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Thursday, February 2, 2017

HBK Line on Life Support by@MedinaMarie_PI

Has the HBK line gone into cardiac arrest?
As great as the Pittsburgh Penguin's top line has been recently no matter  who is on it or what name you give it, the same cannot be said for the now legendary HBK line. It seems to be on life support and fading fast. The magic that was the biggest storyline at the end of the 2016 regular season and into the NHL Playoffs seems to have disappeared and with that so did the goal scoring.

Since the start of the 2016-17 season, the HBK line of Carl Hagelin, Nick Bonino and Phil Kessel has struggled to stay alive.

In the (just over) 200 minutes played together, they have only produced four goals, a true decline from the 12 goals they produced in the 144 minutes they played in the final stretch of the regular season last year. Their combined shot percentage has dropped off dramatically (at last check it stood at 3.88%) and the chemistry that was once flowing like Niagara seems to have dammed to only a trickle.

As bad as things look both on paper and on the ice, all is not entirely broken. In fact, when the pieces are separated, they contribute more to the whole.

Taking a look at the obvious, Phil Kessel continues to prove his elite level status within the NHL. When placed on another line, the Penguins are averaging 3.60 goals per 60 minutes. Kessel's shot percentage of  11.2% has lead to 15 goals in 48 games played. He is a player that can not only score but can make plays happen, as evidenced by his 31 assists.

Carl Haglein and Nick Bonino are another matter. The Penguins have gotten by with Hagelin in his slump. When he is not combined with his usual line mates, the Penguins are still scoring at a rate of (roughly) 3.29 GF/60. He is having a bit of an off year and his usual swagger seems to be missing but all is not lost on the speedster. He sits at a +8 and a shot percentage of 5.8 (104 shots over 48 games). He just isn't getting the "puck luck" as it seems.

The same cannot be said for Bonino. It has not been a good year so far for the man they call "Bones", which seems fitting as right now he seems to be dead in the water. His GF/60 is terrible (approx. 2.24), he sits at a -6, and his 8.9% shots on goal stat is reflective of only 79 shots on the net.

To put that in perspective, Bryan Rust has one less shot on goal than Bonino (78) and a shot percentage of 15.4. Of those shots, 12 have resulted in a goal. Out of 79 shots, Bonino has only 6 goals. On the backside of that, Hagelin has a lower shot percentage than both of them, but also has more shots overall.

Bonino's saving grace has been his worth on the power play and penalty kill. He has been one of the best on the team when it comes to blocked shots (currently fourth with 64), however that is a reflection of how much the Penguins have ad to play in their own zone as of late. To put it simply, the overall production from Bonino is lacking and not showing signs of getting any better. With the numbers in the Metro Division being what they are, turning it on at the start of the playoffs is not an option.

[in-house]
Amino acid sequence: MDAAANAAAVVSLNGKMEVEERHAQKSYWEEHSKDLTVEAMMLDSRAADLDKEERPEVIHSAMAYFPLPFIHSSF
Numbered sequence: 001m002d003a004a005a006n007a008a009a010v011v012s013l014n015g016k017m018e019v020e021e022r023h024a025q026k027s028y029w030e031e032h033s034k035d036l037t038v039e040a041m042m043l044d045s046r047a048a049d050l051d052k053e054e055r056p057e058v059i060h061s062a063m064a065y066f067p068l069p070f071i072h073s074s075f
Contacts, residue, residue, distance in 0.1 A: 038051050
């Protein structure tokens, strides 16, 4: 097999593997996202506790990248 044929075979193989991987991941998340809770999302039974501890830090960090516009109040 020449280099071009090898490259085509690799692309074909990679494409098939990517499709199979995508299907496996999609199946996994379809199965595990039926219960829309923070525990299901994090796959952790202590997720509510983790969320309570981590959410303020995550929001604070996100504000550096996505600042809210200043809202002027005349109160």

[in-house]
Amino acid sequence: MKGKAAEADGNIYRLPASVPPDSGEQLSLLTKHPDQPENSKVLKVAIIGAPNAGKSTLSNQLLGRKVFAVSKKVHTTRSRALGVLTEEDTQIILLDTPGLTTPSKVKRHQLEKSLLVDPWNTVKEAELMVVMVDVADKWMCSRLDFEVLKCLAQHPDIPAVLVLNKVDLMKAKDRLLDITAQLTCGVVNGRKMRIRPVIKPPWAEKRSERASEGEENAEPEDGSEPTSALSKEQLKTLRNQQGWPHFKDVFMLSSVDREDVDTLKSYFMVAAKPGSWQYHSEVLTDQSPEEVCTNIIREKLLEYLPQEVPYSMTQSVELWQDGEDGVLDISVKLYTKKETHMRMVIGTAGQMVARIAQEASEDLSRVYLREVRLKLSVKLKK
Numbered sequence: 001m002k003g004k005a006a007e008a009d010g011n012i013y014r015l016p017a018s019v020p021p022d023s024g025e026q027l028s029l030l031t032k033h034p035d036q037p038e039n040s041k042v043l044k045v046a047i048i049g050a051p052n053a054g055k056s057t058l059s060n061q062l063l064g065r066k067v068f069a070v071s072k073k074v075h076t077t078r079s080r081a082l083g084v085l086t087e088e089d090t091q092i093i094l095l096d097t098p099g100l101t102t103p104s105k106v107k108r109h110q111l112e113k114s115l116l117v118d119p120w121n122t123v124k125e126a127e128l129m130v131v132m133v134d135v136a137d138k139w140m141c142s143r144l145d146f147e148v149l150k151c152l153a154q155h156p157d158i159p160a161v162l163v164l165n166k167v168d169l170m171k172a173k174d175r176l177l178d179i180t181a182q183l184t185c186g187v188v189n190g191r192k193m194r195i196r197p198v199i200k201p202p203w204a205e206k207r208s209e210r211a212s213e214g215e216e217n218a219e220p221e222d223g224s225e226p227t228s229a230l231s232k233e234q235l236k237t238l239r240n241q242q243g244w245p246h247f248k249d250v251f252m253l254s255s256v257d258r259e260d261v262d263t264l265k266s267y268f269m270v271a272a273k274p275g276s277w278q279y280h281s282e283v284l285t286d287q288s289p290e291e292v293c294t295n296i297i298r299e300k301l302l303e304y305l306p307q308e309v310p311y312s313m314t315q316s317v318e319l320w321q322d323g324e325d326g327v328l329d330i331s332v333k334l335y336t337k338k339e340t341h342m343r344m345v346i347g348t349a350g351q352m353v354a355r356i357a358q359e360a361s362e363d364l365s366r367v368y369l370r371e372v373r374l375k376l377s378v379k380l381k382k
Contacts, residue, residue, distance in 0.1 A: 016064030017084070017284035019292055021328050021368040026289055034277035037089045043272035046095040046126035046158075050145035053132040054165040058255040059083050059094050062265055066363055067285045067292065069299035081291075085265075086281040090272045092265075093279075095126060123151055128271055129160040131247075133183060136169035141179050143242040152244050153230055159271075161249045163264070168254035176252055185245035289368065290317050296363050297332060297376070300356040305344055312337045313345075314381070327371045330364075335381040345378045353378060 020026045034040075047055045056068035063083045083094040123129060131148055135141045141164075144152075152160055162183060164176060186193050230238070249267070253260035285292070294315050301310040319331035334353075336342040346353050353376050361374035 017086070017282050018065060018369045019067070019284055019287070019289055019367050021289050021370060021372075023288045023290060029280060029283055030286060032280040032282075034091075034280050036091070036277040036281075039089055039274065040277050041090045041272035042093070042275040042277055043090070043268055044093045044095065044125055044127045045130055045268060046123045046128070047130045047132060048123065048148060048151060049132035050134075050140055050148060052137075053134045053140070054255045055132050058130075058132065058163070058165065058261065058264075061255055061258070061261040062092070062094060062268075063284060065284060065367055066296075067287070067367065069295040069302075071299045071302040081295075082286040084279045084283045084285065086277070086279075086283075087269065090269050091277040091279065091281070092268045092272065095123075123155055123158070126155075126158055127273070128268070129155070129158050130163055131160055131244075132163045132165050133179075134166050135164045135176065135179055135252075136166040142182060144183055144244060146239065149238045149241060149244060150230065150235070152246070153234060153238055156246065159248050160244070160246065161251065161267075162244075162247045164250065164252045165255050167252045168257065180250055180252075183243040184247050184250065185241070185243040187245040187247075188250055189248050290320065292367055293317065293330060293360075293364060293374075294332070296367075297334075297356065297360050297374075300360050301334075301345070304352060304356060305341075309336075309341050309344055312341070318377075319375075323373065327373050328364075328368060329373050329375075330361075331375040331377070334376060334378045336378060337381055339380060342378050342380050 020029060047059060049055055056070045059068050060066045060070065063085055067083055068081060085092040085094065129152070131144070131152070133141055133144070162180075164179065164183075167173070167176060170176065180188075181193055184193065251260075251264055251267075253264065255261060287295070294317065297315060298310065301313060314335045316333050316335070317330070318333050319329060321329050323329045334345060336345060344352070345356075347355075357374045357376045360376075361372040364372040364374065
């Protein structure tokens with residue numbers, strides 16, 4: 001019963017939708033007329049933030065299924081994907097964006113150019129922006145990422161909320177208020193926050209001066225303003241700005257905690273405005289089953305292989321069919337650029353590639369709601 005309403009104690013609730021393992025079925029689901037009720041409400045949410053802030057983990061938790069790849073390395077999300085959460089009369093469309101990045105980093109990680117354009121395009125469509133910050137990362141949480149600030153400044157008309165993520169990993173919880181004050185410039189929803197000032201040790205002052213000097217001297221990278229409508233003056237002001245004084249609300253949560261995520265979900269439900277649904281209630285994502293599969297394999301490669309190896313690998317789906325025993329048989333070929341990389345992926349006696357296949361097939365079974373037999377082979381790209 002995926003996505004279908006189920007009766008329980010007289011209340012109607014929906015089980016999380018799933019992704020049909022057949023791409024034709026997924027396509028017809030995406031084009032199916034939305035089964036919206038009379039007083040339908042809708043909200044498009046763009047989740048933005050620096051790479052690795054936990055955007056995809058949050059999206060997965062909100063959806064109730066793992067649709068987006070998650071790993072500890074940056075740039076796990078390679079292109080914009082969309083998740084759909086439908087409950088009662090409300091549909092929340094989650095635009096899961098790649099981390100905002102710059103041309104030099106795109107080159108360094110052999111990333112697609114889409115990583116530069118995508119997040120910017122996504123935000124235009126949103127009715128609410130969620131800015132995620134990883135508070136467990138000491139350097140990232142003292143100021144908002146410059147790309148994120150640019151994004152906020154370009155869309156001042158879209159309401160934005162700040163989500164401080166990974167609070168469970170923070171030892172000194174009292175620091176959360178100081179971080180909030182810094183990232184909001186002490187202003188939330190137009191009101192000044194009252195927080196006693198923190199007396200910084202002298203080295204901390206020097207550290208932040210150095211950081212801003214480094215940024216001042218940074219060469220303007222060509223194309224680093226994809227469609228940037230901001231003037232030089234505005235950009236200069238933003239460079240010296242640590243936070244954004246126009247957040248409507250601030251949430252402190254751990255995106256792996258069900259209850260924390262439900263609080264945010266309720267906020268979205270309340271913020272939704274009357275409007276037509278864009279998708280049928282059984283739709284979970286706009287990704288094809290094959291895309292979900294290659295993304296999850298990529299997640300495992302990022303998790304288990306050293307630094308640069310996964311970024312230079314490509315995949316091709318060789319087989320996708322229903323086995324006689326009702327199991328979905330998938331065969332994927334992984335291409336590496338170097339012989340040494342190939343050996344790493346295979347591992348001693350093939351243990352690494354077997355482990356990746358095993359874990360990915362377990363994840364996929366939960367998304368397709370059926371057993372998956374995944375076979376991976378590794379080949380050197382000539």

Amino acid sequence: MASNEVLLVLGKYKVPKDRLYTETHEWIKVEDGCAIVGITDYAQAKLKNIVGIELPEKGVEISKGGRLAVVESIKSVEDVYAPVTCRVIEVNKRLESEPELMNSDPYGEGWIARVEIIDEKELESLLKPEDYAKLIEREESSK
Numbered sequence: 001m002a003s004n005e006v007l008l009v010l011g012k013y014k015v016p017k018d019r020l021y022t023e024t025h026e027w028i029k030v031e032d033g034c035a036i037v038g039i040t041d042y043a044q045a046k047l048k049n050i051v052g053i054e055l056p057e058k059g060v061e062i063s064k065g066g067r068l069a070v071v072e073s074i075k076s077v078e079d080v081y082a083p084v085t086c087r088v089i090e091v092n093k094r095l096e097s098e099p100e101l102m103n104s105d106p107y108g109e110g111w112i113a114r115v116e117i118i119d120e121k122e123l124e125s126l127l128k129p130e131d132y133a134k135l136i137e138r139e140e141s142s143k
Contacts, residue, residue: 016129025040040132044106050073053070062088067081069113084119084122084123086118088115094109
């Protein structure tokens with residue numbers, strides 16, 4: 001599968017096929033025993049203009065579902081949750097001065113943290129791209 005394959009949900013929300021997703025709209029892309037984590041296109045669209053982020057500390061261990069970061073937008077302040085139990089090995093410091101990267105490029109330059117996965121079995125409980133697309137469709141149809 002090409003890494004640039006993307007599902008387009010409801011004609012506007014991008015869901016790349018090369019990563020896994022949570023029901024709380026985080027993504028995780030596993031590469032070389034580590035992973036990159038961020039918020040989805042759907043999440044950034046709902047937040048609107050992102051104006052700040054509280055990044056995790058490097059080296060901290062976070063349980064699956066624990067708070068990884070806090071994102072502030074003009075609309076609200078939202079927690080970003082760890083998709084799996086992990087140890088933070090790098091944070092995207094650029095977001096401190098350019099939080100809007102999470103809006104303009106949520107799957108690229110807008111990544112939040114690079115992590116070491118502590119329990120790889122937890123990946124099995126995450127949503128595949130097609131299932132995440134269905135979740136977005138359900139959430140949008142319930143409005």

The lack of spark on the HBK line may not seem like a big deal right now, but having four high functioning lines was the key factor in the Penguins' success at the end of the last regular season, into the playoffs, and ultimately, in the Stanley Cup Final. The team leads the league in goals with 170. They are also first in goals per game (3.54) even with the sputtering HBK Line. The Penguins' also stand in fifth both in power play percentage (22.8%)  and in team shooting percentage (10.3%) . They are also second in the league in power play goals (38).

With the help of Evgeni Malkin,  Sidney Crosby, Conor Sheary and even role players such as Eric Fehr and Chris Kunitz, the Penguins are still managing to fill the net relatively well. They are winning games even if it means coming from behind to do so. It will take a full team effort on the offensive and defensive side if the Penguins hope to win back to back Stanley Cup Championships. All the pieces have to fit together and when it comes to Kessel, Hagelin, and Bonino, they just aren't anymore.

Could the low production play a factor with the looming trade deadline? Is this the end of the HBK line or can the spark be reignited?

The season is coming upon a time where every point matters. The playoff standings in the Metropolitan Division is tighter than ever. Decisions have to be made for the good of the team and their hopes for a deep run in the post season. How it all pays out from here is anyone's guess.

(all stats are of 1/28/20147 and courtesy of sportingcharts.com and foxsports.com)


  1. excellent article, I'll be following from now on! I love your analysis of the HBK line but truth is those are our clutch cup chasing sleepers, which is why we still love them so much despite their struggles.

  2. Why thank you. I understand your POV on them being "sleepers". Thank you for reading hope you will find other articles just as enjoyable.


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